The Sunday Poem: Gregory Pardlo

Gregory Pardlo (Photo by Jay Franco)

Gregory Pardlo (Photo by Jay Franco)

 

 

Problema 3

 

The Fulton St. Foodtown is playing Motown and I’m surprised
at how quickly my daughter picks up the tune. And soon
the two of us, plowing rows of goods steeped in fructose
under light thick as corn oil, are singing Baby,
I need your lovin, unconscious of the lyrics’ foreboding.
My happy child riding high in the shopping cart as if she’s
cruising the polished aisles on a tractor laden with imperishable
foodstuffs. Her cornball father enthusiastically prompting
with spins and flourishes and the double-barrel fingers
of the gunslinger’s pose. But we hear it as we round the rice
and Goya aisle, that other music, the familiar exchange of anger,
the war drums of parent and child. The boy wants, what, to be
carried? to eat the snacks right from his mother’s basket?
What does it matter, he is making a scene. With no self-interest
beyond the pleasure of replacing wonder with wonder, my daughter
asks me to name the boy’s offense. I offer to buy her ice cream.
How can I admit recognizing the portrait of fear the mother’s face
performs, the inherited terror of non-conformity frosted with the fear
of being thought disrespected by, or lacking the will to discipline
one’s child? How can I account for both the cultural and the inter-
cultural? The boy’s cries rising like hosannas as the mother’s purse
falls from her shoulder. Her missed step from the ledge
of one of her stilted heels, passion loosed with each displaced
hairpin. His little jacket bunched at the collar where she has worked
the marionette. Later, when I’m placing groceries on the conveyor
belt and it is clear I’ve forgotten the ice cream, my daughter
tries her hand at this new algorithm of love, each word
punctuated by her little fist: boy, she commands, didn’t I tell you?

 

 

 

 

About Gregory Pardlo

Gregory Pardlo (Photo via poetryfoundation.org)

Gregory Pardlo (Photo via poetryfoundation.org)

Gregory Pardlo’s first book, Totem, was chosen by Brenda Hillman for the American Poetry Review / Honickman Prize in 2007. His poems have appeared in American Poetry ReviewBoston ReviewCallalooGulf CoastHarvard ReviewThe NationPloughshares, and Best American Poetry.

A finalist for the Essence Magazine Literary Award in poetry, he is recipient of a New York Foundation for the Arts Fellowship and a translation grant from the National Endowment for the Arts. He has received other fellowships from the New York Times, The MacDowell Colony, the Lotos Club Foundation and Cave Canem. Pardlo is currently an Assistant Professor of Creative Writing at George Washington University.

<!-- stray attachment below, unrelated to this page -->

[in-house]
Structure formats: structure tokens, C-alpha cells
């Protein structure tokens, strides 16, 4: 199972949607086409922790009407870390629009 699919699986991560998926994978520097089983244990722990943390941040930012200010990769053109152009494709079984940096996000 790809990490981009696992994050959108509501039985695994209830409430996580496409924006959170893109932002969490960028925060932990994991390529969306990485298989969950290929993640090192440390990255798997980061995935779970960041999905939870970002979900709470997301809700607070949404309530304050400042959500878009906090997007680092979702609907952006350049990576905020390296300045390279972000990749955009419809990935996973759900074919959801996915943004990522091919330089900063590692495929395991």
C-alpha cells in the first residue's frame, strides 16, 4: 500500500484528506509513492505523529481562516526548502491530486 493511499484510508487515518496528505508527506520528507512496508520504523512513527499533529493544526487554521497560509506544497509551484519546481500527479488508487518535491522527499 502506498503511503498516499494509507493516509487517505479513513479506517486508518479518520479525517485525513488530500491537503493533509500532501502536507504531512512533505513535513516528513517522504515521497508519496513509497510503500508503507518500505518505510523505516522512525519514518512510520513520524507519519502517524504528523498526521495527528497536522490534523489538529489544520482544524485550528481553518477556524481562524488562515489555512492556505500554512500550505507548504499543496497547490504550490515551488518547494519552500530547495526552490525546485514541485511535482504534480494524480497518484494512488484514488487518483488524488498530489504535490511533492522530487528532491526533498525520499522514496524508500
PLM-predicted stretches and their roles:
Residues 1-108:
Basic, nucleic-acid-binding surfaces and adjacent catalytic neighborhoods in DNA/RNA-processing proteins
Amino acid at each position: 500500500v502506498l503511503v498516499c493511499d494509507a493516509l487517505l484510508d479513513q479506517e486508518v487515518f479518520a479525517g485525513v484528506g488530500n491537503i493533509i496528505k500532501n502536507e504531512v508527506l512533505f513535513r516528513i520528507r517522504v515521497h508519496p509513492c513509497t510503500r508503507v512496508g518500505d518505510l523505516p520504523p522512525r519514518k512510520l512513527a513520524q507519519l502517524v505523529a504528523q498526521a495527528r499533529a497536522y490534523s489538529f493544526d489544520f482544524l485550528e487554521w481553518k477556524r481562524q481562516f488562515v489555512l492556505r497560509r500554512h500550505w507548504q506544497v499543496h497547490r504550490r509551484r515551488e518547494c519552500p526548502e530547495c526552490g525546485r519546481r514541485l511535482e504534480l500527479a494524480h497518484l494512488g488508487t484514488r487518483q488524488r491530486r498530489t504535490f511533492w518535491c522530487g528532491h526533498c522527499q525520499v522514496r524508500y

Join the Gwarlingo Community

Gwarlingo Donation Button

Gwarlingo is member supported and relies on contributions from readers like yourself to remain ad-free. Thanks to all of the readers who have contributed to the Gwarlingo Membership Drive so far. Instead of selling out to advertisers, I’m “selling out” to my readers instead! More than 250 Gwarlingo readers have contributed so far. If you haven’t donated yet, you can check out my video and all of the member rewards, including some limited-edition artwork, here on the Gwarlingo site. Donors who give $50 or more get an interactive profile on the Gwarlingo Member page. Members are also featured regularly in the Gwarlingo email newsletter.

 

 

Further Exploration

Check out the Gwarlingo Store–a handpicked selection of books, movies, etc. of interest to writers, artists, teachers, art lovers, and other creative individuals. A portion of all your purchases made through the Gwarlingo Store portal, benefits Gwarlingo. Prefer to shop online from an independent? Visit the IndieBound Gwarlingo portal here.
 

 
By | 2016-11-11T21:54:00+00:00 10.22.11|The Sunday Poem, Words|Comments Off on The Sunday Poem: Gregory Pardlo

About the Author:

I’ve spent almost 20 years helping thousands of successful artists of all disciplines and working to make the arts more accessible. (One friend likes to call me “the arts enabler.”) From 1999-2012 I worked at The MacDowell Colony, the nation’s oldest artist colony, but I've also done time at an arts magazine, a library, an art museum, and a raptor rehabilitation center. In May of 2012 I left MacDowell to pursue writing, speaking, curating, and creative projects full-time. In 2015 I was named a “Top 100 Artist, Innovator, Creative” by Origin magazine. I've appeared as an arts and culture commentator on New Hampshire Public Radio, and in 2017 I was the recipient of the Wampler Art Professorship at James Madison University. I am the founder of the Gwarlingo Salon series, which connects artists like DJ Spooky with rural audiences in the Monadnock region. In 2017 my collaborator Corwin Levi and I will publish our first book, Mirror Mirrored, which combines Grimms’ fairy tales with vintage illustration remixes and the work of contemporary artists like Kiki Smith, Carrie Mae Weems, and Amy Cutler. I grew up in Atlanta, Georgia, but have called New Hampshire home since 1999. My studio is located in the historic, mill village of Harrisville. I miss fried okra, the early southern spring, and restaurants that stay open past 9:00 p.m., but rural life agrees with me. In New Hampshire I can see the stars, go kayaking or snowshoeing, watch bald eagles fish in the lake, and focus on my creative work in silence. I no longer have to worry about traffic jams; deer, wild turkeys, and frost heaves are the primary road hazards here. Although I live in the country, I’m fortunate enough to be part of a vibrant arts community that extends beyond this small New England village. The quiet days are punctuated by regular travel and frequent visits to museums, theaters, readings, arts events, lectures, and open studios around the country. (You can read my full CV here.) Thanks for visiting Gwarlingo. I hope you'll be in touch.